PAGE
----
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The Middle Path

Gorbhachev had advised man destroying nature will lead to man fighting man. I learnt a lot about the king of Thailand on my recent trip to Bangkok. On the flight from Hong Kong to Bangkok read the article below written by a former PM. If only politicians had even half the commitment the King showed in his actions. The results seem evident when you visit the country.

(via IHT by Anand Panyarachun) At a simple ceremony taking place at the royal palace in Thailand: the UN secretary general, Kofi Annan, is presenting His Majesty King Bhumibol Adulyadej of Thailand with a Human Development Lifetime Achievement Award.

The meaning behind the event has profound relevance to a world grappling with the threat of global warming and the negative side effects of rapid globalization. The award from the UN Development Program is in recognition of the king’s visionary thinking and extraordinary contributions in helping the poor and conserving the environment in Thailand.

The thinking that won this prize deserves international attention. While globalization has clearly brought huge benefits to many people around the world, these benefits are unevenly spread. More than one billion human beings are still living in abject poverty and communities around the world are precariously exposed to financial instability, unfair trade, soaring fuel prices, and environmental impacts.

Something has to give. We are in desperate need of technological solutions to our energy problems, a more equitable distribution of wealth, a level playing field for international trade and more generous development aid to poor countries. But this will not be enough. A more profound transformation of our societies, our values and the way we consume is needed.

The king’s philosophy of “sufficiency economy” offers just that – a more balanced, holistic and sustainable path of development and an alternative to the clearly unsustainable road the world is currently traveling down.

Inspired by Buddhism, this philosophy stresses the “middle path” as an overriding principle for appropriate conduct and way of life of all people, at individual, community, business and government levels. Sufficiency means moderation, reasonableness and resilience to rapid changes.

For poor people in rural areas, this means that they first and foremost must become self-reliant in the production of food; then they can strive for a more advanced stage of development. This way they are better able to weather the storms of economic downturns and fluctuations in global markets.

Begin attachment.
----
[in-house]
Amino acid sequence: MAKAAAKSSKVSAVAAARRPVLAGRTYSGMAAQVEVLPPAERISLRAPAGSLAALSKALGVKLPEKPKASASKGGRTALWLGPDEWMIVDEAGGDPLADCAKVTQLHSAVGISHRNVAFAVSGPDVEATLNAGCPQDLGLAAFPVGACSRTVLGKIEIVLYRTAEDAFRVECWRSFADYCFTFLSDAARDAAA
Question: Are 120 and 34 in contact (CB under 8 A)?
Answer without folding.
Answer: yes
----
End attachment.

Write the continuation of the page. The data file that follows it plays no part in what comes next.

The king’s thinking advocates the need for sustainable consumption, step-by-step development and the recognition of diversity in geo-social conditions when implementing development projects and policies.

Gaining credence in Thailand after the 1997 financial crisis, the king’s philosophy advocates economic stability over unbridled growth.

It also highlights the need to strengthen the moral fiber of Thai society so that everyone – especially public officials and business people – respects the rule of law, upholds democratic principles and adheres to moral values.

On the ground, the king’s development concept has been applied to more than 3,000 projects across Thailand. One example is a project to promote the use of alternative energy in remote rural areas for irrigation, clean drinking water and environmental conservation. The project has generated knowledge and innovation that is recognized the world over.

Other examples are projects across rural Thailand that promote the diversification of household production to guarantee that basic subsistence needs are met in times of hardship and to reduce the risks involved when depending on a single crop.

It is noteworthy that many poor villages hit by the recent tsunami in southern Thailand, which had applied this approach by not solely depending on fishing, managed to bounce back with surprising speed.

The people of Thailand are proud of this award, which offers a unique opportunity to draw the world’s attention to the “sufficiency economy philosophy,” a development approach of great relevance in today’s rapidly globalizing world.

The world is barreling down a dead-end road of untenable inequalities and unsustainable consumption patterns. We have no choice but to change course and take that “middle path.” In my mind progress in Thailand is built on compassion.

Anand Panyarachun is a former prime minister of Thailand.

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